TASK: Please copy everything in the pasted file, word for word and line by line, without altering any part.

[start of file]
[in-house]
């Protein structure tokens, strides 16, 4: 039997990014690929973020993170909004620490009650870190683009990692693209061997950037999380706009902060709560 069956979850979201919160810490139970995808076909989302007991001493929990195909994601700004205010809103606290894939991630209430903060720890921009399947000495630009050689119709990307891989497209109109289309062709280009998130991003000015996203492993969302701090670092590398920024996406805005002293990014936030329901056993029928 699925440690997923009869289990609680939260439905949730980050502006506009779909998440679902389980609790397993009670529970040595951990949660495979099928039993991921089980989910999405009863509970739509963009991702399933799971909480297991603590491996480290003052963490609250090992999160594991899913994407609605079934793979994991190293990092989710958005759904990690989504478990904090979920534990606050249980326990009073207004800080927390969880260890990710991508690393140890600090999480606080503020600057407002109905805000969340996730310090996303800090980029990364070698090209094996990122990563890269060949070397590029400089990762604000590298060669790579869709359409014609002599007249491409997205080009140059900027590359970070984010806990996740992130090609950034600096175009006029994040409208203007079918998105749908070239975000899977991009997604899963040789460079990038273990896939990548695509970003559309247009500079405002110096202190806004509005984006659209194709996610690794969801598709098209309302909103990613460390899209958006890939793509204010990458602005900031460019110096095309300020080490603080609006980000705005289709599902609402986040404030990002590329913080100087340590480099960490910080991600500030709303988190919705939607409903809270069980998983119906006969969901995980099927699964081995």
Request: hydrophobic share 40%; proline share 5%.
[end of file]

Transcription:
[in-house]
């Protein structure tokens, strides 16, 4: 039997990014690929973020993170909004620490009650870190683009990692693209061997950037999380706009902060709560 069956979850979201919160810490139970995808076909989302007991001493929990195909994601700004205010809103606290894939991630209430903060720890921009399947000495630009050689119709990307891989497209109109289309062709280009998130991003000015996203492993969302701090670092590398920024996406805005002293990014936030329901056993029928 699925440690997923009869289990609680939260439905949730980050502006506009779909998440679902389980609790397993009670529970040595951990949660495979099928039993991921089980989910999405009863509970739509963009991702399933799971909480297991603590491996480290003052963490609250090992999160594991899913994407609605079934793979994991190293990092989710958005759904990690989504478990904090979920534990606050249980326990009073207004800080927390969880260890990710991508690393140890600090999480606080503020600057407002109905805000969340996730310090996303800090980029990364070698090209094996990122990563890269060949070397590029400089990762604000590298060669790579869709359409014609002599007249491409997205080009140059900027590359970070984010806990996740992130090609950034600096175009006029994040409208203007079918998105749908070239975000899977991009997604899963040789460079990038273990896939990548695509970003559309247009500079405002110096202190806004509005984006659209194709996610690794969801598709098209309302909103990613460390899209958006890939793509204010990458602005900031460019110096095309300020080490603080609006980000705005289709599902609402986040404030990002590329913080100087340590480099960490910080991600500030709303988190919705939607409903809270069980998983119906006969969901995980099927699964081995």
Request: hydrophobic share 40%; proline share 5%.